I swear if I see this video presented as "evidence" or something or other one more time, I will go on an alcoholic binge.
This kind of thing is an example of faulty thinking that humans routinely engage in, even when they have experience to know better.
Lots, and lots of people have broken through bench press problems by simply recognizing the importance of back work of all kinds. This work has and will take all kinds of shapes. But the prob is that out of the hundreds of people saying they did rows, this and that and there benching improved what we will remember is the more theatrical examples. The extreme ones.
But before I go on, one thing has to be remembered: It is very difficult to make a correct causal inference about how and exercise from another class of movements impacts a lift. There are just too many things going on in training, recover, etc. at any one time to make these inferences, which are difficult even in a 'scientific' setting.
Get 10 guys doing all sorts of rows with good technique and one doing "dynamic rows" from the floor or some such thing…you remember the dynamic rows. Likewise this video out of hundreds of row videos would be remembered even if Kroc weren't well known. What is evidence of something tends to be what is readily available to memory.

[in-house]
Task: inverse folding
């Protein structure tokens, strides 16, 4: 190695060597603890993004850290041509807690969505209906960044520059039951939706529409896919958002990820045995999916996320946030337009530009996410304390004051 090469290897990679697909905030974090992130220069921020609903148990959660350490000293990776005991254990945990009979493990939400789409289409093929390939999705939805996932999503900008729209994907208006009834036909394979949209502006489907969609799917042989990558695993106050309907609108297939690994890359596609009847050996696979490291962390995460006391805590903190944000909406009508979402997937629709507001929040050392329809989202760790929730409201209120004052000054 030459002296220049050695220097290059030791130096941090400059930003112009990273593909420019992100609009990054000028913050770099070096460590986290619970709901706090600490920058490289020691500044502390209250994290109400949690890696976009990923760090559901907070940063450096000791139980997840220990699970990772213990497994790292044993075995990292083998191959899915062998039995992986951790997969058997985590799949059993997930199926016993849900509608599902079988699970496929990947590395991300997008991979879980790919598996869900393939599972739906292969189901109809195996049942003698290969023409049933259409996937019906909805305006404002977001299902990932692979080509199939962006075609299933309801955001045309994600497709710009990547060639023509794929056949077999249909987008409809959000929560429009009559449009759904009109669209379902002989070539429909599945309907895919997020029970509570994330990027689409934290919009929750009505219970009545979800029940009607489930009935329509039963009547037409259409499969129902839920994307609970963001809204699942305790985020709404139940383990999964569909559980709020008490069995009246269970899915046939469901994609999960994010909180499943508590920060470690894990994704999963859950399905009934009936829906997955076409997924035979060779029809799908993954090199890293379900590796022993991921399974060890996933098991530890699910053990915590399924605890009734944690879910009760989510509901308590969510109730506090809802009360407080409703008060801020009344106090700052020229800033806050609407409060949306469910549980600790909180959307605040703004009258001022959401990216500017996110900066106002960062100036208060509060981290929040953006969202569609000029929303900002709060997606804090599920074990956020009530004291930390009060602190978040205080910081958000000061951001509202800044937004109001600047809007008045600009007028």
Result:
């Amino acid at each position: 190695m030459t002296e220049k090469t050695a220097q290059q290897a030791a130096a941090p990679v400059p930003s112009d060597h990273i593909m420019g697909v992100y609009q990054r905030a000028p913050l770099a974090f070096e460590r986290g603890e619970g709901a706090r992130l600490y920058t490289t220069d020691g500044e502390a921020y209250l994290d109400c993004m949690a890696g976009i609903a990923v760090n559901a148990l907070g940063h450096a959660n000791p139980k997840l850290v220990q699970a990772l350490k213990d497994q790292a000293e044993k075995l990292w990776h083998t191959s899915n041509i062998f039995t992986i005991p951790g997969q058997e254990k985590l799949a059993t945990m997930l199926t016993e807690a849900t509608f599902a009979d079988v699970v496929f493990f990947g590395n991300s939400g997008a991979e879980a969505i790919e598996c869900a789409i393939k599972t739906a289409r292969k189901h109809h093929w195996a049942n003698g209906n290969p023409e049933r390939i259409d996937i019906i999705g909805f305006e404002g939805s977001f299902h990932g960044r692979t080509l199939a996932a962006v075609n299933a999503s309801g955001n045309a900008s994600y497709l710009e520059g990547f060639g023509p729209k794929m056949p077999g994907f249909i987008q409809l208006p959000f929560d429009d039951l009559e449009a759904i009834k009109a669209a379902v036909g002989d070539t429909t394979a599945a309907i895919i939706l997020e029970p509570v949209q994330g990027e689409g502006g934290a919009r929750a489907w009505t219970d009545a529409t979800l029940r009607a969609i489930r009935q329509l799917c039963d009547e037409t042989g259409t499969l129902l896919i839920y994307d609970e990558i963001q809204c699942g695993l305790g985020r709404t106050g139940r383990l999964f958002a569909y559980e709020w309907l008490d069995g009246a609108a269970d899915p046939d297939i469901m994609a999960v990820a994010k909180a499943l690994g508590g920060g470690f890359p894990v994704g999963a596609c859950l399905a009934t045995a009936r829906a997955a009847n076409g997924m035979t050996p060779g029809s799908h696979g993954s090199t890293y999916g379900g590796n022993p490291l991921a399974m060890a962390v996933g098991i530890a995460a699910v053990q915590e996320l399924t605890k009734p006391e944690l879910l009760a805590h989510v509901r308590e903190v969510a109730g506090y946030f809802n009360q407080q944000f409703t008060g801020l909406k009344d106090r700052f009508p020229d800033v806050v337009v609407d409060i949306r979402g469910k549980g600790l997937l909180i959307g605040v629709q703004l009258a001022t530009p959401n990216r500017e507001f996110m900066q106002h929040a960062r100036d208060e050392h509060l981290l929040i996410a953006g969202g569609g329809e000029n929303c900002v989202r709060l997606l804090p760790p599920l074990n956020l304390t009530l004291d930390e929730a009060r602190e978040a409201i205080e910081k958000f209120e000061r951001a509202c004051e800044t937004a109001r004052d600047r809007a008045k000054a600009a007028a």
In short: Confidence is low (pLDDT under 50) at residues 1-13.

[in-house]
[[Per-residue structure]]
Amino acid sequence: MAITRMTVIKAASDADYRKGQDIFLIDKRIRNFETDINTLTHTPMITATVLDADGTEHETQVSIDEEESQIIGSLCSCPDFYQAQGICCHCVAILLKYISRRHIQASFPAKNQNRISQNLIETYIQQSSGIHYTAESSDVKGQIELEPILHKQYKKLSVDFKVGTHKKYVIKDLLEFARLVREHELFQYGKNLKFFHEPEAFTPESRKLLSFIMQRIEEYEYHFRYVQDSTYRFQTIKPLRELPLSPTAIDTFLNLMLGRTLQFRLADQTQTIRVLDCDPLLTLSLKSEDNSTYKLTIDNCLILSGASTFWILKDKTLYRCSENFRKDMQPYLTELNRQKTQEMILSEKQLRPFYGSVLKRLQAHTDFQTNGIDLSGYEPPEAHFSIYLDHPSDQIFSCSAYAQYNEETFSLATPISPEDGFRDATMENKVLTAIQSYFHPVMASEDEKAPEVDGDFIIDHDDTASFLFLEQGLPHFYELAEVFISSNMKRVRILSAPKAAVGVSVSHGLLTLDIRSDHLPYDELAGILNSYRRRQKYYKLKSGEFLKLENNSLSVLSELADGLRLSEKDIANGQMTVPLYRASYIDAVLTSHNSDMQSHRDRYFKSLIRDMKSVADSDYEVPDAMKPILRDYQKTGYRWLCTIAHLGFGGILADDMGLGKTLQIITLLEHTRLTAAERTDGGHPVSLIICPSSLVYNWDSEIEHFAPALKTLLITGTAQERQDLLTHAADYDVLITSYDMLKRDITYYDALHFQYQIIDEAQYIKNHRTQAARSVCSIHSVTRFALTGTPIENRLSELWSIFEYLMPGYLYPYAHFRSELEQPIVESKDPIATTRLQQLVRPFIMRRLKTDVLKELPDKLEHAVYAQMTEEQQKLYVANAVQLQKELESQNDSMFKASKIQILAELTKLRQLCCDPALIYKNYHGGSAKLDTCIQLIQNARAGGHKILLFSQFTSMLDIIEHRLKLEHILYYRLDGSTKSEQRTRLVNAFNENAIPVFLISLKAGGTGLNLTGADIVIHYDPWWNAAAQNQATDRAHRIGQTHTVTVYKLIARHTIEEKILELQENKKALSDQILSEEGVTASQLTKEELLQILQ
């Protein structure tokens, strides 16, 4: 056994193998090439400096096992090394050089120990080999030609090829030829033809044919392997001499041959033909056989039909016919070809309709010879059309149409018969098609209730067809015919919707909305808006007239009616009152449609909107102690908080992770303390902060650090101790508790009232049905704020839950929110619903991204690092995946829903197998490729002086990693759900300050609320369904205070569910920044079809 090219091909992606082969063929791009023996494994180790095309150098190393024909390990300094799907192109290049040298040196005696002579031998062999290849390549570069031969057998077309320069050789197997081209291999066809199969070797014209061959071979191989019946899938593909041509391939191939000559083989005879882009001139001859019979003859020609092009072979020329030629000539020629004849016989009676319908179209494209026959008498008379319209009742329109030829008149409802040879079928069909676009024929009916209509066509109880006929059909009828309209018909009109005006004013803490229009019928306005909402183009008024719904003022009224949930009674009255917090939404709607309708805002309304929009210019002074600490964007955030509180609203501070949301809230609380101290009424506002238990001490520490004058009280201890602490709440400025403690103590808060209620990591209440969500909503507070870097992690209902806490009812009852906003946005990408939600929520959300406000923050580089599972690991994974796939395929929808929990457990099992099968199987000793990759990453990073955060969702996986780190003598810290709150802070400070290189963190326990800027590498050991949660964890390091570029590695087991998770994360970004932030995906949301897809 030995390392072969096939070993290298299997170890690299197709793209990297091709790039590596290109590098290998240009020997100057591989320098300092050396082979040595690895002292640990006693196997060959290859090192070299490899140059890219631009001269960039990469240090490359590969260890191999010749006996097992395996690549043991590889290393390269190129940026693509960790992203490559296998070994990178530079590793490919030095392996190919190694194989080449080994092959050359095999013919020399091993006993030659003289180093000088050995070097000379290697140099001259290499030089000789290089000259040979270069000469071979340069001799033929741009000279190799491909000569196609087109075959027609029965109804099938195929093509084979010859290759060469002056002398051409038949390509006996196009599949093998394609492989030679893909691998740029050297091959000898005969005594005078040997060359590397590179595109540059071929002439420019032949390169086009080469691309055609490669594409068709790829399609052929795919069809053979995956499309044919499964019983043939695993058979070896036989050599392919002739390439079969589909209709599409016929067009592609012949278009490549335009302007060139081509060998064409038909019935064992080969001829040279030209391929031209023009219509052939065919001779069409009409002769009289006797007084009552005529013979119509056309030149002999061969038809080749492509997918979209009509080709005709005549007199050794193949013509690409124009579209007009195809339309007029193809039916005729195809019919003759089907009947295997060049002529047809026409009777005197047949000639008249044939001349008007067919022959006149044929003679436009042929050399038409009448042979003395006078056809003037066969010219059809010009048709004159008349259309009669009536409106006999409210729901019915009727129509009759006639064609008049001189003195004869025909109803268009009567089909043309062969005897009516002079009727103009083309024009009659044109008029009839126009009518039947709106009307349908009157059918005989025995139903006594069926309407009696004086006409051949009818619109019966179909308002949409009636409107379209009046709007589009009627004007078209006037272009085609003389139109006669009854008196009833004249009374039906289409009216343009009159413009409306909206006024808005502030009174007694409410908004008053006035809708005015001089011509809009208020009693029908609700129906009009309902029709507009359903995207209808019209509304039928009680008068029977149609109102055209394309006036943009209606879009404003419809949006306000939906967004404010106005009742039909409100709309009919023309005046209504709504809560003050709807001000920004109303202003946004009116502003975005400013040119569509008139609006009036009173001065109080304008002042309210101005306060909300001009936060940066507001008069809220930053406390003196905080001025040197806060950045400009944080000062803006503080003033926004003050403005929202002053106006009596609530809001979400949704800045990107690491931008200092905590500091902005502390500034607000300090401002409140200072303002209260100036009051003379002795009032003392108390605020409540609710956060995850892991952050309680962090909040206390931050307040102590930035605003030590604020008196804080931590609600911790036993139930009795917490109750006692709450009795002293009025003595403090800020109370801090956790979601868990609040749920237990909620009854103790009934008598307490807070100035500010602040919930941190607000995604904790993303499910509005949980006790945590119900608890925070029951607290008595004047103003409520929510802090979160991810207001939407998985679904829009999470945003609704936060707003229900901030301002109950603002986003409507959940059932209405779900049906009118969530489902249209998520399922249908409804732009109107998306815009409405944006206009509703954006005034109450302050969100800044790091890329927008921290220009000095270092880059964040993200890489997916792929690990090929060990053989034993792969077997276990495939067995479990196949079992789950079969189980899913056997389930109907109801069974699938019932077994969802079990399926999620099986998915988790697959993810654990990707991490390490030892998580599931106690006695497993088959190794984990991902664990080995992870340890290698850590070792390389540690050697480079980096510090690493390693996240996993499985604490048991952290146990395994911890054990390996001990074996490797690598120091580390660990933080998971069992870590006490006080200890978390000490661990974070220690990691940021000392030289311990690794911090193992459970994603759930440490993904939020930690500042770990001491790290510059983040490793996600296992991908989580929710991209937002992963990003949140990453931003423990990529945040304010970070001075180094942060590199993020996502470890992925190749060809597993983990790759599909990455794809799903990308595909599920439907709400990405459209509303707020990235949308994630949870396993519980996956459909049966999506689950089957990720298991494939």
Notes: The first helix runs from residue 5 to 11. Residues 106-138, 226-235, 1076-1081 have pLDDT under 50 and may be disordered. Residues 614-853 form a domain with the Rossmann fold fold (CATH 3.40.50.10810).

I guarantee you that if you watched a bunch of lifters doing a snatch of the same weight…the one who screamed and danced and psyched himself up and basically "looked" like he was lifting more would stick more than all the others. Later on this would become "evidence" that screaming and dancing before a lift made you stronger. Which may be true, at least for some, but that ain't evidence.
You gotta think about training a bit dispassionately. I myself am not "passionate" about my training, I am passionate about my results. Do you see the difference there? I am passionate about learning but when it comes to training it is the results. I don't get precious about how I get a PR, only about the PR itself! This way I can view the process in a non-subjective way allowing me to more accurately gauge it's benefits and drawbacks. I do the same thing with the people I help.
One thing I've learned though lots of trial, error and PAIN is that many times the long term drawbacks outweigh the short term benefits.
And I am beginning to believe that this is the problem with all the 'experts' who scream and shout any time their views are challenged. It's about them instead of the results they get.